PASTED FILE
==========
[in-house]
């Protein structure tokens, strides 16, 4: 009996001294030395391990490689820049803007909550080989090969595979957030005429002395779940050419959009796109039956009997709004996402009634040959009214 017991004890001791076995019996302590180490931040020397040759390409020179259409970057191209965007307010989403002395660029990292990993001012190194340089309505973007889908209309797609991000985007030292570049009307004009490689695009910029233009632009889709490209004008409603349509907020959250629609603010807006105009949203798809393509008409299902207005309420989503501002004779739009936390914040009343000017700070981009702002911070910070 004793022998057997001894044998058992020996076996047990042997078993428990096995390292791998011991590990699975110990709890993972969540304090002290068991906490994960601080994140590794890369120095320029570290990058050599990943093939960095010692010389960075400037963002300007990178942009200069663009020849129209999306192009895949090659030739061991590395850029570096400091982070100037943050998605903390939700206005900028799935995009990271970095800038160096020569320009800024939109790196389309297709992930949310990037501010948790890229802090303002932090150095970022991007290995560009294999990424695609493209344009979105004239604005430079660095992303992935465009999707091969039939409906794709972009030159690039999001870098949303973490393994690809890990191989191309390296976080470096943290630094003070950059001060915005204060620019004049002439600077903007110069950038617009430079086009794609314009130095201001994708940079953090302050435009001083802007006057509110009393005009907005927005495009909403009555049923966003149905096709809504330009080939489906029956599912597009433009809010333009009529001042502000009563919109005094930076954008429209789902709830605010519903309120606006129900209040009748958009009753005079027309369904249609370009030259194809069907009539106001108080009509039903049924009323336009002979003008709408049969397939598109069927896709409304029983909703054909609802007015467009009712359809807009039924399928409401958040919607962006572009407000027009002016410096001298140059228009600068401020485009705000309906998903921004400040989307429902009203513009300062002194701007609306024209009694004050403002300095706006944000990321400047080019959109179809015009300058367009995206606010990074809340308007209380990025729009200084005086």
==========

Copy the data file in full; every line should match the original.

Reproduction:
[in-house]
């Protein structure tokens, strides 16, 4: 009996001294030395391990490689820049803007909550080989090969595979957030005429002395779940050419959009796109039956009997709004996402009634040959009214 017991004890001791076995019996302590180490931040020397040759390409020179259409970057191209965007307010989403002395660029990292990993001012190194340089309505973007889908209309797609991000985007030292570049009307004009490689695009910029233009632009889709490209004008409603349509907020959250629609603010807006105009949203798809393509008409299902207005309420989503501002004779739009936390914040009343000017700070981009702002911070910070 004793022998057997001894044998058992020996076996047990042997078993428990096995390292791998011991590990699975110990709890993972969540304090002290068991906490994960601080994140590794890369120095320029570290990058050599990943093939960095010692010389960075400037963002300007990178942009200069663009020849129209999306192009895949090659030739061991590395850029570096400091982070100037943050998605903390939700206005900028799935995009990271970095800038160096020569320009800024939109790196389309297709992930949310990037501010948790890229802090303002932090150095970022991007290995560009294999990424695609493209344009979105004239604005430079660095992303992935465009999707091969039939409906794709972009030159690039999001870098949303973490393994690809890990191989191309390296976080470096943290630094003070950059001060915005204060620019004049002439600077903007110069950038617009430079086009794609314009130095201001994708940079953090302050435009001083802007006057509110009393005009907005927005495009909403009555049923966003149905096709809504330009080939489906029956599912597009433009809010333009009529001042502000009563919109005094930076954008429209789902709830605010519903309120606006129900209040009748958009009753005079027309369904249609370009030259194809069907009539106001108080009509039903049924009323336009002979003008709408049969397939598109069927896709409304029983909703054909609802007015467009009712359809807009039924399928409401958040919607962006572009407000027009002016410096001298140059228009600068401020485009705000309906998903921004400040989307429902009203513009300062002194701007609306024209009694004050403002300095706006944000990321400047080019959109179809015009300058367009995206606010990074809340308007209380990025729009200084005086």